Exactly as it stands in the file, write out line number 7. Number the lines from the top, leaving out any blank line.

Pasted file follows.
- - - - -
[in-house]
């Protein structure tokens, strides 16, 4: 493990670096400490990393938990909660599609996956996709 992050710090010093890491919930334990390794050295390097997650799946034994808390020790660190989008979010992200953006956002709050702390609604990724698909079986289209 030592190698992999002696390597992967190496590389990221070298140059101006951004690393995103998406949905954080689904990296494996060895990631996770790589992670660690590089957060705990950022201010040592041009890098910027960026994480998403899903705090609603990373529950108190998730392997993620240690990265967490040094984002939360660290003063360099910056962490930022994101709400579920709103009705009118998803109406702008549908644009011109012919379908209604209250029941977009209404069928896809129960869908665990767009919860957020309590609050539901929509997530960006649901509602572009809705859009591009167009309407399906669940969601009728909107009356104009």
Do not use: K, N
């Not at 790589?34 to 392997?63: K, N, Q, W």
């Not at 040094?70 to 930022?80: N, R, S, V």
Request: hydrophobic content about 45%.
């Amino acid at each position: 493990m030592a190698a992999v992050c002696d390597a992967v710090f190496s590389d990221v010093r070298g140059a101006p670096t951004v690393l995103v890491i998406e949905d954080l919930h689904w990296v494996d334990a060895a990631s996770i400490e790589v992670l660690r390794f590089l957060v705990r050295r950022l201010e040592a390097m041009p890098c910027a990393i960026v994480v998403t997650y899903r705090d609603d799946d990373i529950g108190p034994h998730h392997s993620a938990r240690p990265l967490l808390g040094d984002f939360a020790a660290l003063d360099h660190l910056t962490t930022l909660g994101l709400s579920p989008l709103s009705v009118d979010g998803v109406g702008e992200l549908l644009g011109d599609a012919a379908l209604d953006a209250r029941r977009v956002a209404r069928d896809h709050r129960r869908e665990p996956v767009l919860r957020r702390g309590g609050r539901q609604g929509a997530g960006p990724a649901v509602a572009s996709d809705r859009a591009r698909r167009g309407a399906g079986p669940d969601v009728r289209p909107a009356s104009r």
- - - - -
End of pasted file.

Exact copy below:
């Amino acid at each position: 493990m030592a190698a992999v992050c002696d390597a992967v710090f190496s590389d990221v010093r070298g140059a101006p670096t951004v690393l995103v890491i998406e949905d954080l919930h689904w990296v494996d334990a060895a990631s996770i400490e790589v992670l660690r390794f590089l957060v705990r050295r950022l201010e040592a390097m041009p890098c910027a990393i960026v994480v998403t997650y899903r705090d609603d799946d990373i529950g108190p034994h998730h392997s993620a938990r240690p990265l967490l808390g040094d984002f939360a020790a660290l003063d360099h660190l910056t962490t930022l909660g994101l709400s579920p989008l709103s009705v009118d979010g998803v109406g702008e992200l549908l644009g011109d599609a012919a379908l209604d953006a209250r029941r977009v956002a209404r069928d896809h709050r129960r869908e665990p996956v767009l919860r957020r702390g309590g609050r539901q609604g929509a997530g960006p990724a649901v509602a572009s996709d809705r859009a591009r698909r167009g309407a399906g079986p669940d969601v009728r289209p909107a009356s104009r």